Arizona State University is working on a similar project on its campus in Tempe that is scheduled to open next spring. Its high-rise development of 252 apartments is nearly sold out.
Other schools are following suit. Kendal, a nonprofit organization that supports a network of retirement communities, is in talks with the University of Pennsylvania and another major university about putting retirement housing on their campuses, according to Larry Elveru, a spokesman for Kendal.
Lasell Village, a pioneering retirement community on the campus of Lasell University outside Boston, is providing consulting services to other universities, senior living organizations and developers, said Anne Doyle, the village president, who is a university employee.
Marketing for these projects focuses on the academic angle. Arizona State officials avoid the word retirement, preferring to talk about “independent lifelong learners.” Purchase is calling its development an “intergenerational senior learning community.”
Administrators envision a two-way street, in which older people with experience as doctors, lawyers or musicians become mentors to students, and students use the retirement community as a lab for internship work in, say, gerontology or art therapy.
To encourage cross-generational mingling, Arizona is adopting Yang’s model, inviting some performing arts students to live at no cost in the same apartment building as the older residents, in exchange for sharing their talents with the residents in some way.
“We thought there was an awful lot to be learned about the aging population in today’s world, and how people want to continue to learn all their lives,” said Todd Hardy, managing director of innovations zones at Arizona State.
The New York Legislature approved the long-term lease of state land for the project in 2011, and Purchase College set up a nonprofit organization to develop it with a private operator, at a projected cost of $320 million. Officials are expecting a base of $2 million in annual rental income, to be used to almost double the college’s $1.8 million scholarship fund and to hire new faculty members.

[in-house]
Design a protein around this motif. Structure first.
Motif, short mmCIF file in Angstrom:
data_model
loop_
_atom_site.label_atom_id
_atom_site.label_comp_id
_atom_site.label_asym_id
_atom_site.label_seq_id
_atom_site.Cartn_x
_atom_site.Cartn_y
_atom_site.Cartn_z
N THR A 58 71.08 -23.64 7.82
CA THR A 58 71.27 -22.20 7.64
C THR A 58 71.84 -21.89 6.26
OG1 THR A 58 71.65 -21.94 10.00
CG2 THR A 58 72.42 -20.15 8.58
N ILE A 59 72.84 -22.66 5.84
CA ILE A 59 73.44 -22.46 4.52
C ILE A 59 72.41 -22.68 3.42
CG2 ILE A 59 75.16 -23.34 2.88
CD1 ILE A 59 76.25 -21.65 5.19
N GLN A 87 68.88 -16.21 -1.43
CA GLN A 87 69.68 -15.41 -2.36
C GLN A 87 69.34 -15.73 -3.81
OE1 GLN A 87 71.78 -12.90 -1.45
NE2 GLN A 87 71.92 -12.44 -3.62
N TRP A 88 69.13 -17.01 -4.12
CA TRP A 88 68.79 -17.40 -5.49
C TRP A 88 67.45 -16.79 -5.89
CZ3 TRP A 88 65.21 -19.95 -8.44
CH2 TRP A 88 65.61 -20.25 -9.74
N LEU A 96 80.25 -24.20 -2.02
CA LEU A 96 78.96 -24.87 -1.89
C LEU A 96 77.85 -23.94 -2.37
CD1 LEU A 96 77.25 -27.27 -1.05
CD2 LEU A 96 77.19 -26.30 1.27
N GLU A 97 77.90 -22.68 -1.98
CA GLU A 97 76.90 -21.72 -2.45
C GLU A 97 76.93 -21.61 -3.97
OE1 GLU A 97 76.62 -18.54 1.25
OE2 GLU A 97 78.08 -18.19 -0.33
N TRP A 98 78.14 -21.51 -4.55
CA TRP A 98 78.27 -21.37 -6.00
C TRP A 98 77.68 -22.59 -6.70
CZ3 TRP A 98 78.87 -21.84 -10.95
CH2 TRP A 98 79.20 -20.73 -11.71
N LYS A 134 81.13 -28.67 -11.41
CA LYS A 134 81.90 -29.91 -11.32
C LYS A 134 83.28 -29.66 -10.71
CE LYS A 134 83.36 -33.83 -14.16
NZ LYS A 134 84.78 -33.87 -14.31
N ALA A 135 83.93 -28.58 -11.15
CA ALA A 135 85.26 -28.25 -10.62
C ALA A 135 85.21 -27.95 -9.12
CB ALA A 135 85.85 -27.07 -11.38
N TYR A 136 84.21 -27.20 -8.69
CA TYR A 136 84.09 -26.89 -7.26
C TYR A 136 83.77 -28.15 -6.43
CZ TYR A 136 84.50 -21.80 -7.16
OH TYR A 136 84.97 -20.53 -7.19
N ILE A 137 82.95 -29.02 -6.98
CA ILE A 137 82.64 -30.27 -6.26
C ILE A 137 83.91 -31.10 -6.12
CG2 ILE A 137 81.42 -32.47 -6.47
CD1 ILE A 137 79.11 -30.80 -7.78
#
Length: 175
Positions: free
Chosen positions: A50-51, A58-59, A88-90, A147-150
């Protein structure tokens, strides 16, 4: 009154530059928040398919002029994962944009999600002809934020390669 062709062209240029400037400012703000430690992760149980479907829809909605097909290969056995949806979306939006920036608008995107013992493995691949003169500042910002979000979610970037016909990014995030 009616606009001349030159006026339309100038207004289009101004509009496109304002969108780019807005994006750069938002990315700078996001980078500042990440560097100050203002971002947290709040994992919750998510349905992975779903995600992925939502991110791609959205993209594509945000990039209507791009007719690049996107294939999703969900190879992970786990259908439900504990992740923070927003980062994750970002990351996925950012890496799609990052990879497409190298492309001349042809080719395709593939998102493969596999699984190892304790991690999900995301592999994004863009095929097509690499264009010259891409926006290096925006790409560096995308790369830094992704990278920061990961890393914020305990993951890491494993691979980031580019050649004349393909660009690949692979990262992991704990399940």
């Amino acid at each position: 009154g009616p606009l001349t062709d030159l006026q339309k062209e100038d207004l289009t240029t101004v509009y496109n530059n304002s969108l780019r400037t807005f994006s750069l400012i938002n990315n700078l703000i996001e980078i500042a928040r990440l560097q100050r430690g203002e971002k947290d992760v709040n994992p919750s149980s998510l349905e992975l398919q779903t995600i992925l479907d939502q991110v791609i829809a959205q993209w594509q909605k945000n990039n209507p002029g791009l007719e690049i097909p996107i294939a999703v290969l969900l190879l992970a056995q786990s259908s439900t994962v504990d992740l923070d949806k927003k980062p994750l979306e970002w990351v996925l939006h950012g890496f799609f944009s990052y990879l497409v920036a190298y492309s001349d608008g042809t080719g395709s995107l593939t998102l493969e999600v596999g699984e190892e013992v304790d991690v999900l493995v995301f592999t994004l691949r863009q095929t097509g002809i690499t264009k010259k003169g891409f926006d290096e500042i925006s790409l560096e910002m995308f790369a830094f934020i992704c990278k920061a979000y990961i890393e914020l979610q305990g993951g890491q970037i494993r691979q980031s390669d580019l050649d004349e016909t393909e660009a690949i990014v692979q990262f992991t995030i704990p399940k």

At a recent marketing session for the Purchase project, called Broadview Senior Living, Ashley Wade, the project’s marketing director, gave a hard sell to about 25 potential buyers.
“You don’t have to go to class,” Wade said. “You just get to go to class.”
Many of the listeners were in sticker shock. The Purchase College “entrance fee” ranges from $595,000 for an apartment to $1,995,000 for a small house; monthly services fees range from $4,300 to $8,700 for one resident and $1,500 more for a second person. When the unit is vacated, 90% of the entrance fee is refundable to the residents or their heirs. One-fifth of the units are reserved for people with incomes at or below 80% of the median income for Westchester County; for them, the entrance fees start at $250,000.
Prices at Arizona State’s project, called Mirabella, range from the mid-$300,000s to more than $1 million for a penthouse apartment.
Judy Cohen, 82, a retired English teacher, and her husband, Martin, 84, a cardiologist, wondered whether they would be welcomed by the students.
“The students have their own life,” Martin Cohen said. “I don’t know how many would want to come and sit with ... ” As his voice trailed off, his wife picked up the thread: “Old people,” she said. “Let’s put the word out there.”